I was diagnosed with type 2 diabetes in 2001 and was prescribed Avandia,” says Gene Cearley. “And I’m still taking it-neither my doctor nor my cardiologist told me otherwise.” Since taking Avandia, Cearley was also a heart attack waiting to happen-and he’s only 47.
“Avandia helped control my blood sugar and that’s why I am still taking it,” says Cearley. “But on August 23, 2001 I had a quadruple by-pass. Leading up to that, I started having a lot of heart-related issues. It started with pain in my chest and a lot of pressure; then pain radiated down both arms and up through my neck-all part of this angina problem.
“At first my doctor said it was because of my diabetic condition but eventually I asked him if it could be heart-related. I was sent for a stress test and ended up being referred to a cardiologist. He did a heart catheterization and found four blockages: one was 100% blocked, another 90%, then 75 % and 50%. He said I could have a major heart attack at any moment. I asked what he meant by a ‘major’ heart attack. ‘A man of your age would normally not survive,’ he said. I was only 41 at that time. Apparently when men do have heart attacks at this age, we are usually under a lot of stress. My friend died from heart failure at 32. If young men do survive they are usually incapacitated, for the rest of their lives.
That was just the beginning of my problems. I began to have more angina issues in 2002 so they did another heart catheterization and found four more blockages: this time they wanted to control it with meds so now I am on a few kinds of blood pressure drugs.
Up until this past month, I had no idea that Avandia had anything to do with my heart problem. A friend saw something on TV about Avandia and its link to heart attacks. I watched the news but never saw it. ‘Dad, you’ve got the Internet, get on there,’ my daughter said. Then I saw how dangerous it is. I contacted a lawyer through your site and then I made an appointment with my doctor–I am going to see him this week. First and foremost, I want to ask him if I should stop taking Avandia and if it caused my heart problems. I still have a blockage they can’t do anything about, except open-heart surgery. They don’t want to do that unless it becomes life-threatening.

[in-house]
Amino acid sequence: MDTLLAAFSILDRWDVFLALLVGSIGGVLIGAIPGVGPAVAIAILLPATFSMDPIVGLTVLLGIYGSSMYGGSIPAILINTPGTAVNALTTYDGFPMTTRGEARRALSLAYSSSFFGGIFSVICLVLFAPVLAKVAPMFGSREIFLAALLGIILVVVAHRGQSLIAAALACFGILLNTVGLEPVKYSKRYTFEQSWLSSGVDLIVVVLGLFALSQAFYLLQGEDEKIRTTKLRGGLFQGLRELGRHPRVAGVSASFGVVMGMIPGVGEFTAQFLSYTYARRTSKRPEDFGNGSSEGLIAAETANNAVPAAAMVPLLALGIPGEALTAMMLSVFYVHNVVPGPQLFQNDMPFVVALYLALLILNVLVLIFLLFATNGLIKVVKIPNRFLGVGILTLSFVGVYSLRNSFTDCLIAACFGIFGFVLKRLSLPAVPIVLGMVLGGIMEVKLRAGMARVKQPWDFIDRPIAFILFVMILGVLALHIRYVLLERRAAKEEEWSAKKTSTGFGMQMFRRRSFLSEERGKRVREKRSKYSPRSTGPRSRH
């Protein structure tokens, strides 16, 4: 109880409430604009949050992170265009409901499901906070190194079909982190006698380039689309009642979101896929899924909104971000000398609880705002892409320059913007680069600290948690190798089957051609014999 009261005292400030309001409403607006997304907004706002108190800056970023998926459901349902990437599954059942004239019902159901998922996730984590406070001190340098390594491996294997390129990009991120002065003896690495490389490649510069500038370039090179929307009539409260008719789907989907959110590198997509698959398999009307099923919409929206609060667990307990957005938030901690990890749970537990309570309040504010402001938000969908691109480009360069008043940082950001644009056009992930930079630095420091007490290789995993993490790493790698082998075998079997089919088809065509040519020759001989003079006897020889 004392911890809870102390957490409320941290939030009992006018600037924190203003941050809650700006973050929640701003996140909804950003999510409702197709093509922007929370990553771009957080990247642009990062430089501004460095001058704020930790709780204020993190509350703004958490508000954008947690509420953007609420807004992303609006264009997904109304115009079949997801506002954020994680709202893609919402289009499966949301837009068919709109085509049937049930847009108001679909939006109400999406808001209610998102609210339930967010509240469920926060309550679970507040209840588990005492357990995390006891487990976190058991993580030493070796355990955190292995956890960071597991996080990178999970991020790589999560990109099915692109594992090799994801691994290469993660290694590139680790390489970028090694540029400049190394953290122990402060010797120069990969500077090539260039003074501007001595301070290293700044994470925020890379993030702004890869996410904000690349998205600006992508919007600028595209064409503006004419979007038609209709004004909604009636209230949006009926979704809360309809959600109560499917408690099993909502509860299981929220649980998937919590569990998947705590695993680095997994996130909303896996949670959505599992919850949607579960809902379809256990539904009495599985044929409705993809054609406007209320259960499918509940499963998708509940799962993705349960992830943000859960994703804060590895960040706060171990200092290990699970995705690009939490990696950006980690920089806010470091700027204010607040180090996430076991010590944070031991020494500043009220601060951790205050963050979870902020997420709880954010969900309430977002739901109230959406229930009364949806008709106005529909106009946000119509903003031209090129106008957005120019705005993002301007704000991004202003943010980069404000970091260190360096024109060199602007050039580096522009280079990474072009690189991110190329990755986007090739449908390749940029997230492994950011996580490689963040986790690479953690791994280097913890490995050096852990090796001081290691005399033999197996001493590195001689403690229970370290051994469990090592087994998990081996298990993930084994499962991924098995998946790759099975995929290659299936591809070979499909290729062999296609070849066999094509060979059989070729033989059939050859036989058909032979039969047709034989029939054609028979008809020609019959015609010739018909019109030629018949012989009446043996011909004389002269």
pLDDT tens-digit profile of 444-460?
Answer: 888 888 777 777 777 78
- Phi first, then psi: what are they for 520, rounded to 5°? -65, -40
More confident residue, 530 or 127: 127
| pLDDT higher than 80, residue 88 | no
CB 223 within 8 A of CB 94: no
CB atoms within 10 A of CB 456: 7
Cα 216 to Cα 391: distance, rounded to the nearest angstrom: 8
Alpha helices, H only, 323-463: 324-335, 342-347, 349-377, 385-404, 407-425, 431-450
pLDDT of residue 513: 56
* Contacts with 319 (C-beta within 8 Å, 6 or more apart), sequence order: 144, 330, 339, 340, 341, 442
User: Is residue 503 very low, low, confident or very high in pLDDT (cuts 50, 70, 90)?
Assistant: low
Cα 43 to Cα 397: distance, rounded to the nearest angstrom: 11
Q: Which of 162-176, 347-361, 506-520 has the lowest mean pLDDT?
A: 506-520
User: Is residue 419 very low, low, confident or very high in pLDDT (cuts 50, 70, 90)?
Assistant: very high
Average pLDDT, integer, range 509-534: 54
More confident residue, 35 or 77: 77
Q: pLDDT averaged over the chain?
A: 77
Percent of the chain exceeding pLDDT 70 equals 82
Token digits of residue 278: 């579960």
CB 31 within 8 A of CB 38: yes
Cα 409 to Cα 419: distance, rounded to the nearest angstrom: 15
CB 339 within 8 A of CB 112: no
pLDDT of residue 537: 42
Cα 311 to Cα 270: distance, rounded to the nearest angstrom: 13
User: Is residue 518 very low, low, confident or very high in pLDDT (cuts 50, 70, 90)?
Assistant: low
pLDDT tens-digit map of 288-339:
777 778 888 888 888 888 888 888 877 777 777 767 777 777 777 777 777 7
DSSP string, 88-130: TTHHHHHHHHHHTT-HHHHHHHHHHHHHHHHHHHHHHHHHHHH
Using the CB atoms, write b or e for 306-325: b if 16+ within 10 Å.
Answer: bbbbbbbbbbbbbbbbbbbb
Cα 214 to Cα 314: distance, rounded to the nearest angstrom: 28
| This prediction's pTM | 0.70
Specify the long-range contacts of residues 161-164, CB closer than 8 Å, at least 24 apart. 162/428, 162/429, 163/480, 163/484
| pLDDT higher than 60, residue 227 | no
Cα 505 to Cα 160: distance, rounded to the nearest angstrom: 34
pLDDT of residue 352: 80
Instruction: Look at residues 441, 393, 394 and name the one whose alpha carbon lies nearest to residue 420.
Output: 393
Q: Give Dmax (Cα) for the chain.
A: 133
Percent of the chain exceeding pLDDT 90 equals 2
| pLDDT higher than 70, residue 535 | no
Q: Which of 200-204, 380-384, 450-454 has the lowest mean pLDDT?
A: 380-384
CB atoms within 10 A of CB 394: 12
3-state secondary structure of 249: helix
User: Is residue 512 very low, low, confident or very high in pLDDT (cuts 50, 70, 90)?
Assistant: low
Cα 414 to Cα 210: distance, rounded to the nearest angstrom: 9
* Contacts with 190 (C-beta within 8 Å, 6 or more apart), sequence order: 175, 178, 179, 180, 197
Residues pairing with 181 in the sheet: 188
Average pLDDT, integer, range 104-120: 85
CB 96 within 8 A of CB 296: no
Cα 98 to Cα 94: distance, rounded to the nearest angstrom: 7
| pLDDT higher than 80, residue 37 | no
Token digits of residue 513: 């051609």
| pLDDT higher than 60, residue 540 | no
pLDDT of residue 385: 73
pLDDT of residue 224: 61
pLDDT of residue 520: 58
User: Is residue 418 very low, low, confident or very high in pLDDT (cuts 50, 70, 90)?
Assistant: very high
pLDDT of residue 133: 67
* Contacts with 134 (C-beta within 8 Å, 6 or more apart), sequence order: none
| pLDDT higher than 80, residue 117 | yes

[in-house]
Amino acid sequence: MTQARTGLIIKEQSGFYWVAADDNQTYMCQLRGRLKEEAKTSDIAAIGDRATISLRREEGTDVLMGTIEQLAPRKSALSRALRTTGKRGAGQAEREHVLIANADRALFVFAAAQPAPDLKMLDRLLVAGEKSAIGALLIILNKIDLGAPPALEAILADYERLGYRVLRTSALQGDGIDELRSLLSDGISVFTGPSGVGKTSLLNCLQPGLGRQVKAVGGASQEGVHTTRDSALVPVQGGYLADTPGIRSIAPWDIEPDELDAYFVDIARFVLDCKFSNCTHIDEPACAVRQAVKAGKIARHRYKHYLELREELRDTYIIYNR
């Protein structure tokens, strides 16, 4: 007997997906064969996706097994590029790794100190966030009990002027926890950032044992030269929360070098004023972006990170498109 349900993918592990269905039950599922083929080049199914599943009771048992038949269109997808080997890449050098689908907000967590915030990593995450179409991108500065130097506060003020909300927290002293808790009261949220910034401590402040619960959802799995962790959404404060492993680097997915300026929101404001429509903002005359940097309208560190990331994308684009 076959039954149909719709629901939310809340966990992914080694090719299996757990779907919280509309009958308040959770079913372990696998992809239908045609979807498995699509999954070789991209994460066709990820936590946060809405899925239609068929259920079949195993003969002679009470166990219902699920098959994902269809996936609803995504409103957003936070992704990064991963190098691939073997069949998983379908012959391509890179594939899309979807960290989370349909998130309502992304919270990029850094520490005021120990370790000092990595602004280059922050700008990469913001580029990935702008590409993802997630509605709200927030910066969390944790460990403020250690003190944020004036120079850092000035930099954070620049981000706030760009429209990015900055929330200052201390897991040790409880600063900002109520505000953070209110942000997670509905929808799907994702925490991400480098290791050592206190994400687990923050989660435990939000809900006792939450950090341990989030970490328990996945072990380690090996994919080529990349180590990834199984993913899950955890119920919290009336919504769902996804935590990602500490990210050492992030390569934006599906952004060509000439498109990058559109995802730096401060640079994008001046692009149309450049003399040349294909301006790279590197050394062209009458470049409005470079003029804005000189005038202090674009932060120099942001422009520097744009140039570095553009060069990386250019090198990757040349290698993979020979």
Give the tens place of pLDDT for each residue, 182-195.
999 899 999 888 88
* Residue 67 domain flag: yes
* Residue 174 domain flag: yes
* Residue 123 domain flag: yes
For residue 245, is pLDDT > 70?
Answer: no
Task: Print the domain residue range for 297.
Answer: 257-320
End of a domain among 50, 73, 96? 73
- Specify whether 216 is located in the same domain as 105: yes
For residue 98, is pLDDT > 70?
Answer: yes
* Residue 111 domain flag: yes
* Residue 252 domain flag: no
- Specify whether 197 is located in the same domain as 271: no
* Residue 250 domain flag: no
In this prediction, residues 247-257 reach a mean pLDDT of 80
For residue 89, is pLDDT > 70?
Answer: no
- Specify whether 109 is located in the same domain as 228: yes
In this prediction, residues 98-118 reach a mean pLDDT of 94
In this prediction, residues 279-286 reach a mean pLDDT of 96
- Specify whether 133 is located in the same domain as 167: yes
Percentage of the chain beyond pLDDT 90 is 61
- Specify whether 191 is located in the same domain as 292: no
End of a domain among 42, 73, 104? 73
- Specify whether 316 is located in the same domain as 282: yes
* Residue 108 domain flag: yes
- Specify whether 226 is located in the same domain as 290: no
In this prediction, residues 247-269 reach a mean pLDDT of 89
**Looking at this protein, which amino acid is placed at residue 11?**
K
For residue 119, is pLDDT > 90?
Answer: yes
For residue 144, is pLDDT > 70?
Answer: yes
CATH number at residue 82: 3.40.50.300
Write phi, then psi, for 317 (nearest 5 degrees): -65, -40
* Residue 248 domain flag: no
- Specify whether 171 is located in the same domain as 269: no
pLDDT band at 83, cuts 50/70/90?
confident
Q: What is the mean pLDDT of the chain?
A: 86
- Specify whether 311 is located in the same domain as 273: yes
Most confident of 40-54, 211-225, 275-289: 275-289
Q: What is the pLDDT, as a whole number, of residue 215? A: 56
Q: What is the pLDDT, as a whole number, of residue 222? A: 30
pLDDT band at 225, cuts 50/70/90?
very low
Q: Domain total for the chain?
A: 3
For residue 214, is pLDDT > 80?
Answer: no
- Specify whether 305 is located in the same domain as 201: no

I never had any heart problems before taking Avandia. The cardiologist never even questioned my taking Avandia. The only time I didn’t take a daily pill was when I was in the hospital, and the longest time I was in hospital was four days. My blood glucose went up at that time but they gave me insulin to control it. But I also had an allergic reaction to the contrast dye (given when you have the heart catheterization) and they gave me steroids to counteract this reaction, which also made my glucose level rise. This meant that my glucose level increase wasn’t just because I stopped taking Avandia.
I heard that there are other drugs on the market that can give the same results as Avandia without these adverse side effects. I am hopeful that my doctor will prescribe something to replace this drug.
I haven’t worked since October 2006 because of my heart condition. I filed for social security disability and haven’t been approved yet but I have also claimed insurance through my company and that will start to cover me this August. I didn’t expect to retire at this age-I just turned 47-and it’s frustrating because I have no social life; all my friends still work and it’s pretty boring sitting around the house all day; there’s not much else I can do.”
The Avandia website states that, “the FDA and GlaxoSmithKline (GSK), the maker of rosiglitazone, have long recognized that use of drugs containing this ingredient may be associated with certain heart problems.”